The main difference between VRAM and RAM lies in how the two types are accessed. RAM contains multiple pieces of information that can be accessed via a single charge, while VRAM needs a new charge for each byte-addressable unit of data stored. This means that VRAM takes longer to access than RAM.

When a processor does a computation, it stores the data on RAM, the faster and bigger the RAM is, the faster the processor can do computations.

When you run some 3D game or any software that needs graphics processing, your graphics card (which has its own built-in memory) transfers some of its data to your main memory which is your RAM. If you have more VRAM than regular RAM, then this means you can hold more data on graphics processing before they are moved to your main memory for further processing.

Which is better RAM or VRAM?

If you’re wondering which is better RAM or VRAM, the answer is RAM. That’s because graphics cards come with a high solid amount of video memory called VRAM for short and that memory is only meant for storing and instantly displaying things like textures and 3D models.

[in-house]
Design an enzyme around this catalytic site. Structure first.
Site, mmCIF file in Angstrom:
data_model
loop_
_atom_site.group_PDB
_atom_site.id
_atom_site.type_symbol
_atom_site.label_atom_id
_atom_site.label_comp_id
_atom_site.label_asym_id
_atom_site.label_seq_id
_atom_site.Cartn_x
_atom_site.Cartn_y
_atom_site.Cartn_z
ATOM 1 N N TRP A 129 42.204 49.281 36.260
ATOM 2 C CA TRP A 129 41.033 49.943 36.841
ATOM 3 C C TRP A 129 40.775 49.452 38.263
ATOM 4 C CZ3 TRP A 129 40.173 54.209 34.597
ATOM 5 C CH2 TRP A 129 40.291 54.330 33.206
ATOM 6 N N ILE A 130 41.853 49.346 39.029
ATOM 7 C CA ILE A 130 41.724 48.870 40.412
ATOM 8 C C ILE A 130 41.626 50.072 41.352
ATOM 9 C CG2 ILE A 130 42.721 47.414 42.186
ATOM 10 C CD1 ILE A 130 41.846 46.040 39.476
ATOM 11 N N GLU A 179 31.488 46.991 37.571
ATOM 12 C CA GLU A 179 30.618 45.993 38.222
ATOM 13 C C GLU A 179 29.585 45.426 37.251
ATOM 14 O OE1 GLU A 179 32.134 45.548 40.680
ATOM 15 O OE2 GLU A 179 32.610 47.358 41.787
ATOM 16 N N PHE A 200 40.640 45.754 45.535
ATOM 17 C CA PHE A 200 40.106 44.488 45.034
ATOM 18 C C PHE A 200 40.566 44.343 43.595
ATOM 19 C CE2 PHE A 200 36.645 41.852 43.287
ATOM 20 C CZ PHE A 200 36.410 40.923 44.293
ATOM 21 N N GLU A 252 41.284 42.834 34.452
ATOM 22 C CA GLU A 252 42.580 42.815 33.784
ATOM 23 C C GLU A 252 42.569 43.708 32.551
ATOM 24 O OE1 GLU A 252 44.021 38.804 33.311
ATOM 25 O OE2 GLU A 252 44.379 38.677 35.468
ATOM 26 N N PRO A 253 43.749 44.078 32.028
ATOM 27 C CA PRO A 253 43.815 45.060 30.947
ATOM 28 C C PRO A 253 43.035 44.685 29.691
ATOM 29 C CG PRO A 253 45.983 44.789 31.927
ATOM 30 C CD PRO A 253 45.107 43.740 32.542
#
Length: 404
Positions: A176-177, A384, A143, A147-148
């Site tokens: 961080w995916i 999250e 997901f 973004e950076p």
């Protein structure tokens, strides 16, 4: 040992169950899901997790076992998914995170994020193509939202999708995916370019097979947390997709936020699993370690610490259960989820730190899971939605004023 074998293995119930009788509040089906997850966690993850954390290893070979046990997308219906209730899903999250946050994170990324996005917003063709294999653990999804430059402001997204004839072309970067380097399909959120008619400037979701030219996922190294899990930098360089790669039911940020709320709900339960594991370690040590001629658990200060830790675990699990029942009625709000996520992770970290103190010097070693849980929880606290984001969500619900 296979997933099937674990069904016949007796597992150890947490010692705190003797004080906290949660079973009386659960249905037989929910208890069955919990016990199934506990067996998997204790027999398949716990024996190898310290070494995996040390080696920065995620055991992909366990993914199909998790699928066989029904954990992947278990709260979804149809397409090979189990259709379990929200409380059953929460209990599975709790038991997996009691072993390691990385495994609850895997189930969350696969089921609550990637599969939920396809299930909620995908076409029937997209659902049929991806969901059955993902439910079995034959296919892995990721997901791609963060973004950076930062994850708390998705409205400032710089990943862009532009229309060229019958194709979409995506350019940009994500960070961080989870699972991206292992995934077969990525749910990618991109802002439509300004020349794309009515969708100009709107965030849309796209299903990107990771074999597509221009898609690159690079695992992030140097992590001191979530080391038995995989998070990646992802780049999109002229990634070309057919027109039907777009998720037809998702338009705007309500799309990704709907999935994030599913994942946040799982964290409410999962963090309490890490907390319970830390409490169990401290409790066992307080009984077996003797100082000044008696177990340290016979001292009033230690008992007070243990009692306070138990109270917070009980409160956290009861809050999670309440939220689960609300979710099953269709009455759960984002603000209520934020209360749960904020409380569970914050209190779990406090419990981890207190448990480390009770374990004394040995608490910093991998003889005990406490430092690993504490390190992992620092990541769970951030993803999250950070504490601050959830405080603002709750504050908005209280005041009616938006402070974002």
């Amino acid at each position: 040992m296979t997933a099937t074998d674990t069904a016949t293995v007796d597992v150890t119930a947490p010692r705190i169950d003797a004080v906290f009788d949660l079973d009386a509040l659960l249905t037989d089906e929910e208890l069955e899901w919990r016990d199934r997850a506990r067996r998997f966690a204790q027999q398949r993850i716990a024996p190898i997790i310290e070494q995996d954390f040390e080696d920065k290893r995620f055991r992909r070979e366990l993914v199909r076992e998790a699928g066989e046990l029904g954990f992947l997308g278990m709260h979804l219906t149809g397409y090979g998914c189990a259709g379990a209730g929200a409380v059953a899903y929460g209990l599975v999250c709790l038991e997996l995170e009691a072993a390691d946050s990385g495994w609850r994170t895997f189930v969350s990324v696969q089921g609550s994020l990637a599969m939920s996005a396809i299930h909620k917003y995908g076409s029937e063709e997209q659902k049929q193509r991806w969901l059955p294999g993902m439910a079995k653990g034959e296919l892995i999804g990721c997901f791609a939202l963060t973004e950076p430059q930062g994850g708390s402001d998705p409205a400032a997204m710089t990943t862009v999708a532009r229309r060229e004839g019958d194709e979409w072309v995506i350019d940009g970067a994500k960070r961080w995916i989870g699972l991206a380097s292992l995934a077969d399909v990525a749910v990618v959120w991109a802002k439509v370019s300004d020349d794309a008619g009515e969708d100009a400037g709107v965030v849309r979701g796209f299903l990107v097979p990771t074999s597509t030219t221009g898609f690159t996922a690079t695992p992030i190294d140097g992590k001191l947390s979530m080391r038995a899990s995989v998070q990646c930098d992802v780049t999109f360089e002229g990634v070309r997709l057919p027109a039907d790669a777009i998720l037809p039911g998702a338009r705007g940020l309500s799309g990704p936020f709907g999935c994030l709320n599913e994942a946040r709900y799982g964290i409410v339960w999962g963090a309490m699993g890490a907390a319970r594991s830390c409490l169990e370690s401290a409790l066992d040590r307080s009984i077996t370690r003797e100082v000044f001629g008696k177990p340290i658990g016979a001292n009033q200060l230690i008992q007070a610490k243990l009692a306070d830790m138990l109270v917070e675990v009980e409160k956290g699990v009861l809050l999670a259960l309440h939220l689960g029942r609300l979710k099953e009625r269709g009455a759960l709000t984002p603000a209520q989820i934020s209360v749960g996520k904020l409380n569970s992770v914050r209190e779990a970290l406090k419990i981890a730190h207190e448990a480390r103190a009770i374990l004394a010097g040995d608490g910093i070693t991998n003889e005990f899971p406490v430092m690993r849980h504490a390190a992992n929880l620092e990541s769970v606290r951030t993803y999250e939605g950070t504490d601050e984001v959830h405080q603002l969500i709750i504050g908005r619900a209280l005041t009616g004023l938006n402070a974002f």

If a game loads all its assets from its own disk, it’ll be using the hard drive more often than if it loaded everything from fast system memory.

Even though the speed of your hardware greatly affects your computer’s performance, the RAM still plays an important role in the overall performance of your computer. This is because even though data are loaded into the system memory, the instructions for executing the program are stored inside the CPU.

If your data and instructions (inside the CPU) are not sufficient to do a specific job, then you might find your system running slow.

The more information you have to hold in RAM, the longer it takes for you to decide on what program to launch first that’s why it’s always better to have more RAM when you are working with computers.